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Bark and wood anatomy of the Tribe Hamelieae (Rubiaceae)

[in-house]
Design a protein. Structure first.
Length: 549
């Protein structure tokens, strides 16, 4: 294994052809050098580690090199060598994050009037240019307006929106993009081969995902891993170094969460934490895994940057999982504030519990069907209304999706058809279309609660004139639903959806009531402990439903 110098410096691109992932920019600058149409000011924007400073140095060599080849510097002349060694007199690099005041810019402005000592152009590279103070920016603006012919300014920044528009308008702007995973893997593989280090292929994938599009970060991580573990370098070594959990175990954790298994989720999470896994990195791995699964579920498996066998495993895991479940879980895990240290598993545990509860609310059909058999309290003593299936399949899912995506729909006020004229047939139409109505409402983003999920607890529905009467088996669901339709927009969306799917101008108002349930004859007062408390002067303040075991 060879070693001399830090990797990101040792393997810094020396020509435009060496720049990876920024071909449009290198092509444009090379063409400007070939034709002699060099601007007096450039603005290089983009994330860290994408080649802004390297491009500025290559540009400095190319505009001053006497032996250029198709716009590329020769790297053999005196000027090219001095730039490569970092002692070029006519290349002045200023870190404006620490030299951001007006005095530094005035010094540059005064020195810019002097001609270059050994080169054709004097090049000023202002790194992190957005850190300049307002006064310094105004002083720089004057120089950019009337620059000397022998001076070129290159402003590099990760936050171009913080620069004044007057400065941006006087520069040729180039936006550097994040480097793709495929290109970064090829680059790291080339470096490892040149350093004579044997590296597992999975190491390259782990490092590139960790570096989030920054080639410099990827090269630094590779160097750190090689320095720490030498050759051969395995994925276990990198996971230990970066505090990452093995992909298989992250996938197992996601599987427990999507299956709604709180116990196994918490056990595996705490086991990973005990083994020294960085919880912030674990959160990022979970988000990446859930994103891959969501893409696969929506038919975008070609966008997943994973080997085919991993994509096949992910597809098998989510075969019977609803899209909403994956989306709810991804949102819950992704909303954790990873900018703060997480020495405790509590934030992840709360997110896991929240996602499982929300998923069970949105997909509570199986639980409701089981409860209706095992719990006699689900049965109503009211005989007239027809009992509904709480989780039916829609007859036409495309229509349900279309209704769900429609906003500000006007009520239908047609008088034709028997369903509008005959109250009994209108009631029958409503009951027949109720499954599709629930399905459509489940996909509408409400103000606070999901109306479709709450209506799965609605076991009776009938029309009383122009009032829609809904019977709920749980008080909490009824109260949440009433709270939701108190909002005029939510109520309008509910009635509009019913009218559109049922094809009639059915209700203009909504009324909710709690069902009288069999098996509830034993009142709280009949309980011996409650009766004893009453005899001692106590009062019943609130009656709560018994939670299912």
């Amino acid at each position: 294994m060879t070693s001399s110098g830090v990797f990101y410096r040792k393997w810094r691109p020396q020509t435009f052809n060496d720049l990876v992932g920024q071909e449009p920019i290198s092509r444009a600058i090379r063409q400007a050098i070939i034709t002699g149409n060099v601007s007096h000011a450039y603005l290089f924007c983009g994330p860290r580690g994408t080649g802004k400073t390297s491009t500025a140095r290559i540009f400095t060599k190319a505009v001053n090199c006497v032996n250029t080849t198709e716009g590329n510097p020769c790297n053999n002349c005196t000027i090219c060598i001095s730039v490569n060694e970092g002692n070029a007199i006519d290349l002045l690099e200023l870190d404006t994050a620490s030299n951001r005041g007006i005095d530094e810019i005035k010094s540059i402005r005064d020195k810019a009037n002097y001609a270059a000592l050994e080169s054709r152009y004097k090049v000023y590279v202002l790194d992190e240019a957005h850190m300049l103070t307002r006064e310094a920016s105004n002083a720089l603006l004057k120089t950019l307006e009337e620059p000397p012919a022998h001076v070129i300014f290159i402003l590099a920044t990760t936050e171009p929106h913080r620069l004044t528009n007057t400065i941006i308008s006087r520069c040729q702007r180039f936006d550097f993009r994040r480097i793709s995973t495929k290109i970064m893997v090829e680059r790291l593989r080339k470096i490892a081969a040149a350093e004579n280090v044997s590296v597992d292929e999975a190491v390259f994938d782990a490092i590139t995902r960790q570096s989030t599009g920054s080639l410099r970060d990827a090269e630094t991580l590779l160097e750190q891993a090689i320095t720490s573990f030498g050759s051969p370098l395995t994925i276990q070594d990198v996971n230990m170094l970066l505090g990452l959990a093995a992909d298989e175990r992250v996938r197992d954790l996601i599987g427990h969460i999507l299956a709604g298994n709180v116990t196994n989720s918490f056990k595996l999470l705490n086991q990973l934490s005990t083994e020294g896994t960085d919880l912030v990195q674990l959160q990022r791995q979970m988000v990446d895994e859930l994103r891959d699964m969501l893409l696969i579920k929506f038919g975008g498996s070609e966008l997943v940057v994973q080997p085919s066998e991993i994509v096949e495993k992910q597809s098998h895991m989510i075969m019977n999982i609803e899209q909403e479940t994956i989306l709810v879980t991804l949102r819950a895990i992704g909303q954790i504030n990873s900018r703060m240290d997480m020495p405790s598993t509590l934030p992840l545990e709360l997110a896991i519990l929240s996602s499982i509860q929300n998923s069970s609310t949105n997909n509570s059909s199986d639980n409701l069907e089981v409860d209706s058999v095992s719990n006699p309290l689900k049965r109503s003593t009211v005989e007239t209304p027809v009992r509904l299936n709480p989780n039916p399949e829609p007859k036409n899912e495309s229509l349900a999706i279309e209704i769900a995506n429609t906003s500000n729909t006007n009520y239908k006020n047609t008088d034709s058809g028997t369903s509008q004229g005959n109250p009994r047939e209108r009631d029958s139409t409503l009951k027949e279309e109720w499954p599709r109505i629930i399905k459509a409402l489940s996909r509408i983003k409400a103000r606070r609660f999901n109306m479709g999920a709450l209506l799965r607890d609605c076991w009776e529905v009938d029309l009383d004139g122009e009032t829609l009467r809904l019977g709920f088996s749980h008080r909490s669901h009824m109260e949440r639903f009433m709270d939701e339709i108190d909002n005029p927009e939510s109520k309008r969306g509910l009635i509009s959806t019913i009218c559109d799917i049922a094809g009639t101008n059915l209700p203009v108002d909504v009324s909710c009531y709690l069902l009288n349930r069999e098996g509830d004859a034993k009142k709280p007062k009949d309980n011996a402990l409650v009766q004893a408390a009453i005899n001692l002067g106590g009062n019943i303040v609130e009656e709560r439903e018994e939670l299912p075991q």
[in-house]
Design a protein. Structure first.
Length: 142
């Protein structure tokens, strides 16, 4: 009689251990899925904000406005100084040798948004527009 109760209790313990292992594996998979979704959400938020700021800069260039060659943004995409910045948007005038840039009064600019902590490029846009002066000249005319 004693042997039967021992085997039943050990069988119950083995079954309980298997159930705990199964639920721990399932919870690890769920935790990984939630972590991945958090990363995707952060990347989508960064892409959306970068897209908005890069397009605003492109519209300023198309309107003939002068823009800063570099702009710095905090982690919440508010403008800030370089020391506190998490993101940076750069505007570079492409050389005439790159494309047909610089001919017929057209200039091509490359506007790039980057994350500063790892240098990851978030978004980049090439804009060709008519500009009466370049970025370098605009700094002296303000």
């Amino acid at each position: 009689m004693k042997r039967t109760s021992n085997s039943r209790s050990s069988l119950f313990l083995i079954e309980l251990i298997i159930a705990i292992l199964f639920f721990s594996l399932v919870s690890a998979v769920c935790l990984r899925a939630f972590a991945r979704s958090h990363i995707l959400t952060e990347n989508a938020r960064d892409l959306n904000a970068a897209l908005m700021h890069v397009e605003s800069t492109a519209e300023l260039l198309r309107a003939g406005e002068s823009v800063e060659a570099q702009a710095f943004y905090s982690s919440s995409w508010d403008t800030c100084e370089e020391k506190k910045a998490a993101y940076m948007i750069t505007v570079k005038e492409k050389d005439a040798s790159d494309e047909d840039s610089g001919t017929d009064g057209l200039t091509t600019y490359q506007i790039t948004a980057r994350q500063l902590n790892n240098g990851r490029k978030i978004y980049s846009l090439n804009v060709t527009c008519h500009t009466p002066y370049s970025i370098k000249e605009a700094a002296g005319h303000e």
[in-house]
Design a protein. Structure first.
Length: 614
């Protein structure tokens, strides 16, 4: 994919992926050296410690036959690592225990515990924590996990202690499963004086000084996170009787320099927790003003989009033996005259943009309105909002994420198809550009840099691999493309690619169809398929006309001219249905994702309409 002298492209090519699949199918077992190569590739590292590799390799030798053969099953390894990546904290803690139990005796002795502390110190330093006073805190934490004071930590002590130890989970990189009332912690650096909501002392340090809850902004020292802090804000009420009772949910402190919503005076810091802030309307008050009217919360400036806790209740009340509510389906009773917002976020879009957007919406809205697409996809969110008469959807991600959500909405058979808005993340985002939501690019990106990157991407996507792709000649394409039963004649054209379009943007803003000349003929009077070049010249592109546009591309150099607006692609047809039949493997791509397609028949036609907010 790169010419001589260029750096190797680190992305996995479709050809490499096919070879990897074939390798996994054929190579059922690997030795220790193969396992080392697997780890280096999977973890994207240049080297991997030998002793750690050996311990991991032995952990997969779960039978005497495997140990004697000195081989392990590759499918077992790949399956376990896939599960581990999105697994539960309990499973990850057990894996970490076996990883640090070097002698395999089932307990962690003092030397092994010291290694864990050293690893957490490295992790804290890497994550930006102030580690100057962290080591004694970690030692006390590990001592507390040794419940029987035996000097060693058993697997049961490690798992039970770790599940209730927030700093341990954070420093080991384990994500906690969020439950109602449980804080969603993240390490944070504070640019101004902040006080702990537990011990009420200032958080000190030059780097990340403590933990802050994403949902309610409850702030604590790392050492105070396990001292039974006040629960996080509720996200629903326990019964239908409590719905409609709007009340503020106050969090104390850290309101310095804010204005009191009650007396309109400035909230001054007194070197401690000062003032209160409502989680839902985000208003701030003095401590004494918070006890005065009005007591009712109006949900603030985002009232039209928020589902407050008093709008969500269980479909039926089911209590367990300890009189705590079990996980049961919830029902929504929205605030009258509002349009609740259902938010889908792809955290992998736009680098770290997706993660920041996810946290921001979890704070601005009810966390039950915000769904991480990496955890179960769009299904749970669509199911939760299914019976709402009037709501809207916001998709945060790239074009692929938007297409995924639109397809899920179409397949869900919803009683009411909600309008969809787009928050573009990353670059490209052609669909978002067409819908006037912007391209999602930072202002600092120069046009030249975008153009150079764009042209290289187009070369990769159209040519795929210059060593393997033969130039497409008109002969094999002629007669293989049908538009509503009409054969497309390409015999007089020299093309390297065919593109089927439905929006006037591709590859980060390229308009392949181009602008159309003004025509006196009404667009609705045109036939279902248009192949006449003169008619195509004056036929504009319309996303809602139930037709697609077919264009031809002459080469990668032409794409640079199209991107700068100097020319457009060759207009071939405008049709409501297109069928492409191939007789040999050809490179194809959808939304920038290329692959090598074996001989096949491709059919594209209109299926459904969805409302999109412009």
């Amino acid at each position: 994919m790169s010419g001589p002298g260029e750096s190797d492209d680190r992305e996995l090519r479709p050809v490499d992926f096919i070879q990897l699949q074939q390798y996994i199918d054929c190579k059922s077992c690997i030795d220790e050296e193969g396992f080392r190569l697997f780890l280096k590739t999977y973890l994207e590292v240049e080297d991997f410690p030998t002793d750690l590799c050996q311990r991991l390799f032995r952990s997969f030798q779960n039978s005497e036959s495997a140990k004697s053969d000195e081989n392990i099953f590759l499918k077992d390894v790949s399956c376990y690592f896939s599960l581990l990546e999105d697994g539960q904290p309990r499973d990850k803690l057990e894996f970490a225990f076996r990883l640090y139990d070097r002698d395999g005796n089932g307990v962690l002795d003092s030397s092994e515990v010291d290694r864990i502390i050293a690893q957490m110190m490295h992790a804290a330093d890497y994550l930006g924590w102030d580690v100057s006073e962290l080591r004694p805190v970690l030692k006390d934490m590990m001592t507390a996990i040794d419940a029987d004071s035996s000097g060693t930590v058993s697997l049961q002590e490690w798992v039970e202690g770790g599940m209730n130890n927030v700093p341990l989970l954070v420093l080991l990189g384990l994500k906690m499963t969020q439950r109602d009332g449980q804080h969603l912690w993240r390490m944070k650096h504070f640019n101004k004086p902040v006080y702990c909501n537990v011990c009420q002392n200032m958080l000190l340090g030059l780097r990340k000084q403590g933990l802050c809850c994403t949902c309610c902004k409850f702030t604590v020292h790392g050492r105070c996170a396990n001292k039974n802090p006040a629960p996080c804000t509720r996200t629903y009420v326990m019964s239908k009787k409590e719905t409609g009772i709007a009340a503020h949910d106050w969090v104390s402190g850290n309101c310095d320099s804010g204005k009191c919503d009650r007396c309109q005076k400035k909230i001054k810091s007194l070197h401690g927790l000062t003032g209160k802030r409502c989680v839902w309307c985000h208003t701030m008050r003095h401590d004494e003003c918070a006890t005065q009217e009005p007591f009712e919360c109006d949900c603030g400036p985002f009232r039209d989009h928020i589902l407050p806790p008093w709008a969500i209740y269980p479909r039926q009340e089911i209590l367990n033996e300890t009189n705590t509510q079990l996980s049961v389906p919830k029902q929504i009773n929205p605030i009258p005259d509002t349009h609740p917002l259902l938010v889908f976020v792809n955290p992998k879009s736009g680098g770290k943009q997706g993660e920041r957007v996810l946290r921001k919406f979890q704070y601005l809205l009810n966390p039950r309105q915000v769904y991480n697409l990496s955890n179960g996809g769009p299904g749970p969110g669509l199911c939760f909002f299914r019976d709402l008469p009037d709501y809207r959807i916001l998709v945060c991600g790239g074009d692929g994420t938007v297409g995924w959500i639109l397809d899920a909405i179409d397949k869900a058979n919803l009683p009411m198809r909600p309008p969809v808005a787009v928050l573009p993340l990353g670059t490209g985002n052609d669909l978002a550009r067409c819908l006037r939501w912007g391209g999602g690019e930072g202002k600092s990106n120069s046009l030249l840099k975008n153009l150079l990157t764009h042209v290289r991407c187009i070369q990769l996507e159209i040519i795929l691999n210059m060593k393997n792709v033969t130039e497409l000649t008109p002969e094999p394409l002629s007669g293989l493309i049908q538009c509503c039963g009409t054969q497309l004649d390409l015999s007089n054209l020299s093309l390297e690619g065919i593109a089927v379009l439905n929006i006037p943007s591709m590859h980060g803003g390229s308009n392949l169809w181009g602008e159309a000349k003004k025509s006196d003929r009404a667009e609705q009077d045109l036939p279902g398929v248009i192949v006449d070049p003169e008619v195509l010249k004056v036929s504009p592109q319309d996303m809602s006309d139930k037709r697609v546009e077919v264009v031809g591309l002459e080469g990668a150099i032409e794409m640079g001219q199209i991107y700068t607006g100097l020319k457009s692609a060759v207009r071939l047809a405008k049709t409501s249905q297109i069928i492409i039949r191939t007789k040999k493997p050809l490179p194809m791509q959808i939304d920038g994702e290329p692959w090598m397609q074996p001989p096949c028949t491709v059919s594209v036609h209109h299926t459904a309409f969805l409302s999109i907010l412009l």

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We studied wood and bark anatomy of six (Deppea, Hamelia, Hoffmannia, Omiltemia, Pinarophyllon, and Plocaniophyllon) of the seven genera of the tribe Hamelieae sensu Robbrecht, and Syringantha with as main purposes to determine if there are characters that support the boundaries of the Hamelieae, to evaluate the status of Syringantha as a member of the Hamelieae, and to evaluate the taxonomic position of Hamelieae within the subfamilies Rubioideae or Cinchonoideae. In addition, we studied for comparative purposes representative species of Psychotria (Psychotrieae, Rubioideae), Exostema, and Hintonia (Portlandia group, Cinchonoideae), Randia (Gardenieae, Ixoroideae), and Bouvardia (incertae sedis). Bark of most genera studied had a single periderm, while a rhytidome was observed in Exostema and few species of Psychotria. The mineral inclusions allowed recognizing related genera, for example, raphides in Hamelieae and Psychotria, prisms in Exostema, and druses in Randia. Members of Hamelieae showed wood type II, distinctive by the occurrence of libriform septate fibres, vessels in radial multiples of 2–6 vessels (80–90%, vessel grouping index 1.79–2.74), and diffuse apotracheal parenchyma. Syringantha shares with members of Hamelieae the presence of an endodermis, raphides in the bark, and wood type II. The combination of other wood characters mainly lend quantitative support to the taxonomic delimitation of some genera within Hamelieae. Raphides and wood type II supported a close relationship between Hamelieae and Hillieae within Cinchonoideae; characters that distinguish them from the other members of Cinchonoideae. Our results suggest independent origins of wood type II within the Rubiaceae. In addition, vessel density and diameter are discussed as possible adaptations to the different forest types where members of Hamelieae occur.


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